Infinite Canvas

Late in season 9 of the United States version of The Office, there is a scene where Oscar Martinez, a gay accountant, comforts Angela Martin, another accountant, who is sobbing in his car over the ruins of her love life. On its own, with minimal setup, it would be a moving scene, but coming as it does after nearly a decade of storytelling, it has a depth that can only come from layers and layers of backstory. Oscar and Angela have been bouncing off each other for years, sometimes as friends, more often as enemies, and the accumulated weight of that past gives the scene in Oscar’s car an oomph that would be impossible to attain otherwise.

To be clear (for those who haven’t seen the show), Oscar and Angela aren’t the main characters of the series. By the end, I think you could make a decent argument that they’re solidly secondary characters, but they spend a lot of the earlier run of the show closer to tertiary land. In another medium, being a character like that would make a scene like the one in Oscar’s car hard to pull off. We might be told that these characters have a long and fraught backstory, but we wouldn’t get the chance to see it; it would be less real to us as viewers, and it would carry less emotional weight. Television lets characters like this have hefty, fleshed-out storylines because there’s so much narrative space to play in.

I’m too lazy to go back thru the Netflix listings and tally up the precise length of every episode, but calculating the run time as tho each of the 201 episodes in the total run lasted only 22 minutes (once you cut out commercials) gives a total time of nearly 74 hours. That’s a lot of time to tell a story in. Movies that clock in at three hours often feel bloated, and the longest operas in the repertoire barely pass six when you include the intermission(s). Even if you count the entire Ring Cycle as one marathon 18-hour-long opera (or Bühnenfestspiel or whatever), it’s still less than a third as long as the total run time for The Office. Obviously, people don’t sit down and watch the entire run of The Office in one go, but still, the point stands: In terms of total accumulated storytelling time, TV makes everything else look like peanuts*.

I am hella jealous of this. More than pretty well anything, I am attracted to characters in fiction. I sometimes find it hard to get into plot-heavy works whose characters are flat and lifeless, but I’ll happily engross myself in a work with minimal plot that nevertheless has characters who are vivid and real and rich and spend the whole time just having so many feelings. (Don’t get me wrong, plot is also great! It’s just not always what draws me into a thing.) And TV offers the space to really dig in and explore the lives of everyone involved in the central story. If I’m writing a two-hour musical, I don’t have room to dwell on the ups and downs of the tertiary characters’s lives (if it’s a small show, there might not even be any tertiary characters on stage), but if I have even a one-season show, that’s a narrative space I have more freedom to explore.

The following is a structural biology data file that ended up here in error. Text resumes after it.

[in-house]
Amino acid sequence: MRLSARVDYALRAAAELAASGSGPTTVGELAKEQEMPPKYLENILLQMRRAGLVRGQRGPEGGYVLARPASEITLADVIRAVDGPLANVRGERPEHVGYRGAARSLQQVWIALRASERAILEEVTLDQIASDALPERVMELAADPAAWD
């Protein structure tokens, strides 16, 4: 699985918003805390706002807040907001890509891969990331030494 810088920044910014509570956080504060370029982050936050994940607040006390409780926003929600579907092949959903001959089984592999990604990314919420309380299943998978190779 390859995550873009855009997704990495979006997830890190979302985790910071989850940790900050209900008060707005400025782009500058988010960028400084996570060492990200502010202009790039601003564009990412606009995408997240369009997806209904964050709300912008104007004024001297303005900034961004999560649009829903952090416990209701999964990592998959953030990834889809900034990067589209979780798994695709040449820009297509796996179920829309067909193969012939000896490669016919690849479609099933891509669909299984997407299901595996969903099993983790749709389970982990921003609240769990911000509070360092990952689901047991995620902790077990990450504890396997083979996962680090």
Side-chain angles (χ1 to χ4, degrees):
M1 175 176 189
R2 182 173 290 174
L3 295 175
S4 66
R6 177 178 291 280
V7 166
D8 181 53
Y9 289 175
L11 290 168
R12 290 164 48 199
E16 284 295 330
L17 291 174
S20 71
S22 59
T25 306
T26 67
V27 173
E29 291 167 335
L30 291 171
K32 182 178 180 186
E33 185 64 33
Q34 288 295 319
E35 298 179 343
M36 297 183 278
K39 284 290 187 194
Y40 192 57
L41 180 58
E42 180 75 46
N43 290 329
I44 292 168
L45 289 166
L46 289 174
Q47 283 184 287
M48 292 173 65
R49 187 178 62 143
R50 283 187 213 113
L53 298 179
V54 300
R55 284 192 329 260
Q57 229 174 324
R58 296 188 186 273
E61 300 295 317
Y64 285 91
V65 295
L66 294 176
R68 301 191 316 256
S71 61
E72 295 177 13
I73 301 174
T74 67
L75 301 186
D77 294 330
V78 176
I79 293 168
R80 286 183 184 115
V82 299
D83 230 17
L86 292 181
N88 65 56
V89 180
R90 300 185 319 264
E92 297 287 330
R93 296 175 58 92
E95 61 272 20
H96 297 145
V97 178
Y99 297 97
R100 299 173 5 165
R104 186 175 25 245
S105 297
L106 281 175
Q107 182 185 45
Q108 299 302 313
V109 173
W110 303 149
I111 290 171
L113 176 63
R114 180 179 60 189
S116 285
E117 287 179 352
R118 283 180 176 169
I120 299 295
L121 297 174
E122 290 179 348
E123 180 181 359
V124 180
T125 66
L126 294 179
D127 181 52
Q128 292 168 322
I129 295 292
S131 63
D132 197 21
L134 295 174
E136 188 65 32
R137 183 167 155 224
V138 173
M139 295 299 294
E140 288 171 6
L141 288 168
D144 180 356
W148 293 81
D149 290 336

And, of course, plots can be nice too. I’m about halfway thru season 1 of Jane the Virgin right now, and for all the humorous excesses, it has one of the most intricately constructed plots I’ve ever encountered. Sometimes for fun I try to imagine how I would adapt whatever I’m watching as a standalone musical, and this show has me utterly defeated after ten episodes. The interlocking coincidences and schemes within schemes are so deftly interwoven that trying to cut away any of them leaves the rest uninteresting at best and unintelligible at worst. As a musical, it would be a disaster, but as a television show, it’s amazing

This is not to say that I think all stories need several days of continuous narration to be told adequately. Some stories fit perfectly in a much smaller window, and nothing is worse than a half-hour’s worth of story stretched beyond what it will bear. For all my love of quality television, I don’t want it to be the only medium available. Still, so many of the stories I want to tell feel like the kind that need the space to breath and unfold in a leisurely way that television affords. And it frustrates me that I may never be able to tell some of them as a result.

To be fair, I would probably not do too well in a typical television writing environment. Between tight deadlines, a lack of singing, and the likely insistence from executives that at least some of the main characters be straight men, my frustrations would probably outweigh my happiness, but I still have this half-formed dream. Someday I’d really like to work in a long-term, serialized environment, whether that’s an adventurous show on a flexible network or a YouTube series or something on a platform we’ve yet to invent. It’s not something I’ve actively pursued — I tend to be pretty pragmatic about which artistic projects I take on, and the effort-to-likelihood-of-success ratio for this one has never really looked good enough to throw my energies behind so far in my life — but it’s something I’m always keeping a corner of an eye out for.

I guess for now, that’s just something I’m putting out into the world. A wish, a nudge, a gentle suggestion utterly devoid of concrete plans. It would be cool to be involved in something like this. Even if this is scrunched behind several dozen other assorted pots and pans on the furthest burner back, it’s still on the stove. Maybe someday I’ll be able to bring it to the front.

*Well, maybe not novels, necessarily. But novels feel like a much less comparable mode of telling stories; they’re still great, but they’re much less similar to TV/movies/operas/musicals/etc than those all are to each other.